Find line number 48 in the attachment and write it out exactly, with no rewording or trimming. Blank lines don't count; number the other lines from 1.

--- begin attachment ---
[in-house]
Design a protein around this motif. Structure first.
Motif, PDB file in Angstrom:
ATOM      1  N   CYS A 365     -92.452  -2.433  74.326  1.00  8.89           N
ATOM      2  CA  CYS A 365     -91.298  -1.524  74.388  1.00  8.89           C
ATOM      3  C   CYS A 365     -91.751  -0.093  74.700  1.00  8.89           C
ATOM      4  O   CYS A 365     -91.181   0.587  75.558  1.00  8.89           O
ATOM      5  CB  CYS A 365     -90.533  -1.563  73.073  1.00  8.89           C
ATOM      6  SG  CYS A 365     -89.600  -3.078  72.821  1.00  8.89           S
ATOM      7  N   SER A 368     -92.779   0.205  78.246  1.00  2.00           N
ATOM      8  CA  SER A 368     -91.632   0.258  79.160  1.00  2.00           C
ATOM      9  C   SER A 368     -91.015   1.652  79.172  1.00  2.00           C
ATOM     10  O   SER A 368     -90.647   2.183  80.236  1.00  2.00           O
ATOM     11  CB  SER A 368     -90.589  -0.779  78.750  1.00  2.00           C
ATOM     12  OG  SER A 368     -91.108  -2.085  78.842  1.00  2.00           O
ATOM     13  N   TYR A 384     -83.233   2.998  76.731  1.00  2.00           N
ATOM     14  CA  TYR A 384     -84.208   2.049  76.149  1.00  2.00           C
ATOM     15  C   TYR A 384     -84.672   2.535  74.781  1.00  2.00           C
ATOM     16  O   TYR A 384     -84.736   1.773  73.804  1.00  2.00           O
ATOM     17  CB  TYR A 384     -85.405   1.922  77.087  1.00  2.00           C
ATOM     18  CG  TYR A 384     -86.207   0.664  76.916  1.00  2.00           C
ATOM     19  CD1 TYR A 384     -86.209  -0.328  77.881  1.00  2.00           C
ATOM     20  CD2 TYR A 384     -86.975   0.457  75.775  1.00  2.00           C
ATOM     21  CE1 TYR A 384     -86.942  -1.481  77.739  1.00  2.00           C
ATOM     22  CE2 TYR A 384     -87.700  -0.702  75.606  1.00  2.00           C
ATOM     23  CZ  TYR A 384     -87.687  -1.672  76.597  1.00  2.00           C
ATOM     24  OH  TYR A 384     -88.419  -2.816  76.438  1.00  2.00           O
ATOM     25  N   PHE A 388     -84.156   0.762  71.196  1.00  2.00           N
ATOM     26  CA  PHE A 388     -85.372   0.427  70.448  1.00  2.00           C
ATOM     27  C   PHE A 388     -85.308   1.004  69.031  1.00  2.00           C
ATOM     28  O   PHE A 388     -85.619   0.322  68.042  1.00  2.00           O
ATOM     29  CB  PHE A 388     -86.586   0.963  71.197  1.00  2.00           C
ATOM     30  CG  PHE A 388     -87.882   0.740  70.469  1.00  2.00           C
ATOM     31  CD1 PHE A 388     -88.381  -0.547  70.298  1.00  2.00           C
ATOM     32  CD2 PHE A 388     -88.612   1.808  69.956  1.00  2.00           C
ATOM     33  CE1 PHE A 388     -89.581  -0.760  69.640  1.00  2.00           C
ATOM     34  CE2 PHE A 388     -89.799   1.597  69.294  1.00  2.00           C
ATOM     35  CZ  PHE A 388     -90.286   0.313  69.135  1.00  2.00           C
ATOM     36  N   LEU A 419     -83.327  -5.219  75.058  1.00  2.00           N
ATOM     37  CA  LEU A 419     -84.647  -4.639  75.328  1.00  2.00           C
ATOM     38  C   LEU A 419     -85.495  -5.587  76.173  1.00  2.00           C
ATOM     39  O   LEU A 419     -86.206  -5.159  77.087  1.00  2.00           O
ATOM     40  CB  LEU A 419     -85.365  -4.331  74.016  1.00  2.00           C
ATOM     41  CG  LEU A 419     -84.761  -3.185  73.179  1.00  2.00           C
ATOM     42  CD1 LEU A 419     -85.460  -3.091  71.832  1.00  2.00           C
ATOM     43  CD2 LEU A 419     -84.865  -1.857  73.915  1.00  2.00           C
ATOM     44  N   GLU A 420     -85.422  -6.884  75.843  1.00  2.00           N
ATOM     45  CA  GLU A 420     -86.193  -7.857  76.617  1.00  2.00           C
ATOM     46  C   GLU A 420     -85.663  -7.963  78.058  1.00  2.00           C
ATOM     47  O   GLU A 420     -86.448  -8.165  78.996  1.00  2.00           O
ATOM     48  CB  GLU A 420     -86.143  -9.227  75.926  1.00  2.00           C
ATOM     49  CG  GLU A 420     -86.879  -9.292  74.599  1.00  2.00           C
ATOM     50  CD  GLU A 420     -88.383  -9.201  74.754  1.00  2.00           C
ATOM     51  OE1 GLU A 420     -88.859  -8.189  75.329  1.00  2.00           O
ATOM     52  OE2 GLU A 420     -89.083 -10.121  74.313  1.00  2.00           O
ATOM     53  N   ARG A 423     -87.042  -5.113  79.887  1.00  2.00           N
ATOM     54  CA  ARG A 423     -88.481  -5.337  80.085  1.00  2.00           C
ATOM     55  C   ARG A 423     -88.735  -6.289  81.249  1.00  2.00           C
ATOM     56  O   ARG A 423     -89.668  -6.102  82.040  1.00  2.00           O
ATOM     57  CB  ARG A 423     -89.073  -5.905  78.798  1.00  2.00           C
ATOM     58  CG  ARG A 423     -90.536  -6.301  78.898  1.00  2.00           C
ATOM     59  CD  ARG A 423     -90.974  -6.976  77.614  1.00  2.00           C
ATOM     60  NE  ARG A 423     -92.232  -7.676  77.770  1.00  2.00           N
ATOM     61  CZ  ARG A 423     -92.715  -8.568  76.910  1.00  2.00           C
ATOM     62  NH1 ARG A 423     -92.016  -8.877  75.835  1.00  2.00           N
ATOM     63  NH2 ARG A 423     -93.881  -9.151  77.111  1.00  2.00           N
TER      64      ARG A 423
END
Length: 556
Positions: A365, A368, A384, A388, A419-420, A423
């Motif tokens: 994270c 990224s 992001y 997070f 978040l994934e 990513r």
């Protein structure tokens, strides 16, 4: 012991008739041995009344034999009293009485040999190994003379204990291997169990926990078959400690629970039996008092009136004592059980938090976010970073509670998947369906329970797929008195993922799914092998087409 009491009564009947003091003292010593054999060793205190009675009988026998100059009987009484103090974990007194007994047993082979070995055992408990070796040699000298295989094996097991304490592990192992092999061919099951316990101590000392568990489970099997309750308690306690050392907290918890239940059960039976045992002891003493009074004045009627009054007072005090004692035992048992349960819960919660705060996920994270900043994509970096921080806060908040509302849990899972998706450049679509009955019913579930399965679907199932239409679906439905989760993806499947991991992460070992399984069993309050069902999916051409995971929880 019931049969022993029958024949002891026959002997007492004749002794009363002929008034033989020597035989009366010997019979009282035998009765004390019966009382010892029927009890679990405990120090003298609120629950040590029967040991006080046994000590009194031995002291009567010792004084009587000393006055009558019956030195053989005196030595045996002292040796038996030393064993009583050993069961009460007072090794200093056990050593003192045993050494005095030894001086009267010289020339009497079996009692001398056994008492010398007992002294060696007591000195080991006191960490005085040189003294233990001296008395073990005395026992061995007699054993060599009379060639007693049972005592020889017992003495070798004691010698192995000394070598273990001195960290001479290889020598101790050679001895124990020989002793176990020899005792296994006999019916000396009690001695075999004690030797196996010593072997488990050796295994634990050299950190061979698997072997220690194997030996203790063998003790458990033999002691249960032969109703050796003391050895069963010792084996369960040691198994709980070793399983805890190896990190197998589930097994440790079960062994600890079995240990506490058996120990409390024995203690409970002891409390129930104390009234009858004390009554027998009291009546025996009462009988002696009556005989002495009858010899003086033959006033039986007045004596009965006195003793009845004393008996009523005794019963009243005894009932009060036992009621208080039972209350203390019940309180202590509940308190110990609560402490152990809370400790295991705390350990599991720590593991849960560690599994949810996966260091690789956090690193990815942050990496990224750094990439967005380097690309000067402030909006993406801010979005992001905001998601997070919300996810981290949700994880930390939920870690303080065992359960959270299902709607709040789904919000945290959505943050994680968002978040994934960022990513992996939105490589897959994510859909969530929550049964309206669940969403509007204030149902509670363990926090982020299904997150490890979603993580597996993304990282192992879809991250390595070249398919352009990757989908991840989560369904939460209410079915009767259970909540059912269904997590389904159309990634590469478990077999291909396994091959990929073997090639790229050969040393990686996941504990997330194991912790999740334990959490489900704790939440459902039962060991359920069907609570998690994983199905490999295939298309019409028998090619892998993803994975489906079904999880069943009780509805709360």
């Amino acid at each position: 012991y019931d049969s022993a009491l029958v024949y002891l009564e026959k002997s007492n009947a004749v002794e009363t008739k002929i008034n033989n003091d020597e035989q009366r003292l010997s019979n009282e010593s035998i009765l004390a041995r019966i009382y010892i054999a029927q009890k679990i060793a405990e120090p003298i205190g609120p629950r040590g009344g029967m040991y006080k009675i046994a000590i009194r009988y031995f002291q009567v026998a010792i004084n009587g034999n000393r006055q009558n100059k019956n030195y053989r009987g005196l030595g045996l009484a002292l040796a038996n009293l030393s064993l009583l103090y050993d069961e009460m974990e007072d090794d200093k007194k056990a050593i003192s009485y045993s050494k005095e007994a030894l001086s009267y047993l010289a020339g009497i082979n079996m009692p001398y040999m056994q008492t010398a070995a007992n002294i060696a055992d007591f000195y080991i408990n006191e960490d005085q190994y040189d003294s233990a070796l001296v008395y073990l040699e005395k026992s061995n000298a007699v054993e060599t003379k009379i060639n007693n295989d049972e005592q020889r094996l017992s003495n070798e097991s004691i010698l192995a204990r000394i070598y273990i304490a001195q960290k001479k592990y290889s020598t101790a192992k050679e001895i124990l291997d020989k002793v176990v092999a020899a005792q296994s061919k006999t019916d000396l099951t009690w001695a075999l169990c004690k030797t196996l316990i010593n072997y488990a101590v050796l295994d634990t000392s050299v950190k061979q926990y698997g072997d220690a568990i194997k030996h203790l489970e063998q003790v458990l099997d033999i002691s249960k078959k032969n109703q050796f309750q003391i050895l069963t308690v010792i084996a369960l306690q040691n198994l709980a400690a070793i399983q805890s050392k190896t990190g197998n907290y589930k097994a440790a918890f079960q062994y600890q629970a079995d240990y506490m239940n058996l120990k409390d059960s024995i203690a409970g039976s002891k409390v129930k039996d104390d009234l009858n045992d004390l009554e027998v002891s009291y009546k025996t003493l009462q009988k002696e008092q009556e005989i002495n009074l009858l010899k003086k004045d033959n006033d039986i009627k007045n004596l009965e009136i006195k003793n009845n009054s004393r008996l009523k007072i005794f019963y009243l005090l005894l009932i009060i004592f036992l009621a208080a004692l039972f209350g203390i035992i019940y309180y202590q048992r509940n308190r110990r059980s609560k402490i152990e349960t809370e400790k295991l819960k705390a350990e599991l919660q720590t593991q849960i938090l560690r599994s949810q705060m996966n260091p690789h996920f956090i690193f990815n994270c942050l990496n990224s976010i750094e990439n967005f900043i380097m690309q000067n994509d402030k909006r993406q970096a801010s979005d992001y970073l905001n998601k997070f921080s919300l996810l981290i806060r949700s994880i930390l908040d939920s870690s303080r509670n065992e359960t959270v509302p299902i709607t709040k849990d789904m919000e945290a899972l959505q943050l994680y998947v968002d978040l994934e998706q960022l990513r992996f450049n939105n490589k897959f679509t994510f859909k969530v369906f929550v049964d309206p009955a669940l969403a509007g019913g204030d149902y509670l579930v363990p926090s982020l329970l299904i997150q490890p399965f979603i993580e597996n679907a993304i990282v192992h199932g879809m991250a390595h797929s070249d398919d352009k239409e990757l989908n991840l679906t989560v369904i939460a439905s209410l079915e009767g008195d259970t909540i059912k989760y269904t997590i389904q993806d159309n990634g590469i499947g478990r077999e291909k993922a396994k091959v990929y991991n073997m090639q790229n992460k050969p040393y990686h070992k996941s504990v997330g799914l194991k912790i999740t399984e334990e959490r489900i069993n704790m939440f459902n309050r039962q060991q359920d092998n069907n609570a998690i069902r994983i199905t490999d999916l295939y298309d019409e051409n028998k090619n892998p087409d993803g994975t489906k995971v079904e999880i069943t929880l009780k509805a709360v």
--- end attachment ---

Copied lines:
ATOM     45  CA  GLU A 420     -86.193  -7.857  76.617  1.00  2.00           C